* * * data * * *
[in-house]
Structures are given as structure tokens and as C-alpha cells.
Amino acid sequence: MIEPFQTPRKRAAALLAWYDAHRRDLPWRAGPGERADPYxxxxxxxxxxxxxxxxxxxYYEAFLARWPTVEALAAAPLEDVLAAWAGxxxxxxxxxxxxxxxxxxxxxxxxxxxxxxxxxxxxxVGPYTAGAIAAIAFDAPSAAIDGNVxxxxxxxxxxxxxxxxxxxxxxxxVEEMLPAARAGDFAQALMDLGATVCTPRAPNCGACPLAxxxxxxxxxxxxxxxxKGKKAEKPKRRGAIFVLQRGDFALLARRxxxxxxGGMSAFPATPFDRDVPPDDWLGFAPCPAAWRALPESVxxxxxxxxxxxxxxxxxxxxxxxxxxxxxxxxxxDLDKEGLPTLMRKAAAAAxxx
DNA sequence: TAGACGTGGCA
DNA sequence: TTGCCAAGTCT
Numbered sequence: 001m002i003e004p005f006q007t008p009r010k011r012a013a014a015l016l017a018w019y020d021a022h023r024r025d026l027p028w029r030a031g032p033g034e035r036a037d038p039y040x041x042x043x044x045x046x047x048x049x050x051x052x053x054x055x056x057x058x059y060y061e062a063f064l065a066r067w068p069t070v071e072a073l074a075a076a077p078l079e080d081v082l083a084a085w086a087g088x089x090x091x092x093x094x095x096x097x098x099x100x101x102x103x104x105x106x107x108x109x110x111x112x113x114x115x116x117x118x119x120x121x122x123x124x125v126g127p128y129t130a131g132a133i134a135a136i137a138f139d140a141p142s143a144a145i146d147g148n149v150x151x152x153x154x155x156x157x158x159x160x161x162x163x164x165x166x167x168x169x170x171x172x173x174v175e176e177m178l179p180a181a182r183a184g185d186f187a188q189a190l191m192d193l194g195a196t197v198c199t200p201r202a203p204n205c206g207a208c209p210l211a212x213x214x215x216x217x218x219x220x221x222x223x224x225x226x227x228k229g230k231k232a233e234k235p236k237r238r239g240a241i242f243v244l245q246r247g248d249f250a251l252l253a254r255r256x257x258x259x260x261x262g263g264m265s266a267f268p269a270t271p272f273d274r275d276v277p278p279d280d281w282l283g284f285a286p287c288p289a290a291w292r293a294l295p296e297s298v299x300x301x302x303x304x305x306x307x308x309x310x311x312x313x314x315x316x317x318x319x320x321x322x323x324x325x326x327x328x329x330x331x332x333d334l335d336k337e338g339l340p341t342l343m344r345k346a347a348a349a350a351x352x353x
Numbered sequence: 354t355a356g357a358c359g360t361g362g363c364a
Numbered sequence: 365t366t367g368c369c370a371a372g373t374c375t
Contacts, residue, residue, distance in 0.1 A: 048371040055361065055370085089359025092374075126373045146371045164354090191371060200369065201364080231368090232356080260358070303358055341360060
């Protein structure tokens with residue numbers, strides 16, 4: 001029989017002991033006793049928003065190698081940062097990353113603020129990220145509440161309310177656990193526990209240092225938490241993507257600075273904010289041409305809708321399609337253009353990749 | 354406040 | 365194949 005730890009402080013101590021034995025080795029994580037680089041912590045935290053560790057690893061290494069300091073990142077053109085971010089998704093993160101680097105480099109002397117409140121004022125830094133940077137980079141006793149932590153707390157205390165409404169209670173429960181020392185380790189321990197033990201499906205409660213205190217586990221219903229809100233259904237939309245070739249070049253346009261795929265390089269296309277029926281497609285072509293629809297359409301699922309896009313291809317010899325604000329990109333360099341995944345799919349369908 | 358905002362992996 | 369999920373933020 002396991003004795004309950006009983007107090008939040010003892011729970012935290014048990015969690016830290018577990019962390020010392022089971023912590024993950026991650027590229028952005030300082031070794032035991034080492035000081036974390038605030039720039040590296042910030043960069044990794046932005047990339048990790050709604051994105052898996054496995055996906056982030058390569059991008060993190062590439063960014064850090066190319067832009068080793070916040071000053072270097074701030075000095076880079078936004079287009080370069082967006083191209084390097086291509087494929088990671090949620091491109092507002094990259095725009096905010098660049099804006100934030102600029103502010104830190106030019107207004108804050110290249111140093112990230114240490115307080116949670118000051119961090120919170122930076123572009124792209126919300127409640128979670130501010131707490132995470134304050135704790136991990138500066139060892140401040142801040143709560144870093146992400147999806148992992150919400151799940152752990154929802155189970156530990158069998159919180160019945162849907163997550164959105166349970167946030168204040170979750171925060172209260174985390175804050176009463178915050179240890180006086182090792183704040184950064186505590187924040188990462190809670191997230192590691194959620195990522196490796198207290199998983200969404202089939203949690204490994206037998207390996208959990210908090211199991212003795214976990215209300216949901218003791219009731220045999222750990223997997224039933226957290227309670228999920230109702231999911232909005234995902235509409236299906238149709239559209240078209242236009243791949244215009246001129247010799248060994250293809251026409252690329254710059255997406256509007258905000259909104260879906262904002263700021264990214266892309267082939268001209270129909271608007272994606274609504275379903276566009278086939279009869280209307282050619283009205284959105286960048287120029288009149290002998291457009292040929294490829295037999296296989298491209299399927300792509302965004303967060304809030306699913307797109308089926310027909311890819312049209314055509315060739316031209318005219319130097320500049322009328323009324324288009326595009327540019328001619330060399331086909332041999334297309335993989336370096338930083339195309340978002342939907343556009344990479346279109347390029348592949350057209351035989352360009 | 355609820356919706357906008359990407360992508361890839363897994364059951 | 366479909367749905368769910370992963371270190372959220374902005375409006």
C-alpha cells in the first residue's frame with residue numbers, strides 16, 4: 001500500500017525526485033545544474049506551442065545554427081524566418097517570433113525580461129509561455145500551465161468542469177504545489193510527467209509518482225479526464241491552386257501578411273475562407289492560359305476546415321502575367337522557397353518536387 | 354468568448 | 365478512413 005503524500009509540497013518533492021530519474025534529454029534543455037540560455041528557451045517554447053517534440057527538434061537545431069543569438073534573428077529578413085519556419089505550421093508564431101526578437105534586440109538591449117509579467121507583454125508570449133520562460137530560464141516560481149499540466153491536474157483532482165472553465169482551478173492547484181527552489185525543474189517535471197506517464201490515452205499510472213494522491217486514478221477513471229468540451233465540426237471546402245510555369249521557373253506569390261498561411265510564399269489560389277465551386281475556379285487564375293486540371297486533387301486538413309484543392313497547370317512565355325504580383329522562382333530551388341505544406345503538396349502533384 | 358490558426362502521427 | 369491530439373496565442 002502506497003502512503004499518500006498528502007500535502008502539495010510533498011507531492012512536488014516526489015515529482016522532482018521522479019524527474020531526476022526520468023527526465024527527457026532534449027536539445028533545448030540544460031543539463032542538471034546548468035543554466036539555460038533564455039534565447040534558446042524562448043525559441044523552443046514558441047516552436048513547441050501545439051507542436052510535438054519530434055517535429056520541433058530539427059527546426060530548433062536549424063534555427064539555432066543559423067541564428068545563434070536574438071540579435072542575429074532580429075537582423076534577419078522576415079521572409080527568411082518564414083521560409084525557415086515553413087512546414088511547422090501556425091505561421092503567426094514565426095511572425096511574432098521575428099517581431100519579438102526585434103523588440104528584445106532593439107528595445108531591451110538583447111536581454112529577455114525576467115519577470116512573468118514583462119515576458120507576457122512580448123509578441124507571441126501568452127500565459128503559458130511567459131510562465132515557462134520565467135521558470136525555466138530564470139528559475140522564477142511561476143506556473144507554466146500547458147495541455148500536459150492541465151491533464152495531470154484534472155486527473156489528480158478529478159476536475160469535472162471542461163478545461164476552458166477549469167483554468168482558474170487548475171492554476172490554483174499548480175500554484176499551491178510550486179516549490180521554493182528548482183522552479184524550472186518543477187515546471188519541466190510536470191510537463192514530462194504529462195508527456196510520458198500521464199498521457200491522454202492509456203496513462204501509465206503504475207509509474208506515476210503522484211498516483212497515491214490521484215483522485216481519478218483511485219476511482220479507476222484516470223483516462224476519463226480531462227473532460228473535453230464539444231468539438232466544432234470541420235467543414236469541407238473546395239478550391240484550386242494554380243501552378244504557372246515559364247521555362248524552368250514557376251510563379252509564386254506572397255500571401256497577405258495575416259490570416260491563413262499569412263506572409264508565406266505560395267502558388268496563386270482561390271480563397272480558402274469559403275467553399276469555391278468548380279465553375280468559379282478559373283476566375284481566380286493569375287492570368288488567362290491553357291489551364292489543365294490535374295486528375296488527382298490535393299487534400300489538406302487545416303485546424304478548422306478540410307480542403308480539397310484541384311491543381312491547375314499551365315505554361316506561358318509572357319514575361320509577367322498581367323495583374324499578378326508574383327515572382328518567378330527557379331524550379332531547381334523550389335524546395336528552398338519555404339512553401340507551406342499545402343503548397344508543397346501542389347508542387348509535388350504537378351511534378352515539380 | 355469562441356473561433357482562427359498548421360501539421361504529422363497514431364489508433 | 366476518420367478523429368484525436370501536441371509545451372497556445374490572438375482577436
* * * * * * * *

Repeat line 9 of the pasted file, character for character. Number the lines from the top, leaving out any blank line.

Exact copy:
Contacts, residue, residue, distance in 0.1 A: 048371040055361065055370085089359025092374075126373045146371045164354090191371060200369065201364080231368090232356080260358070303358055341360060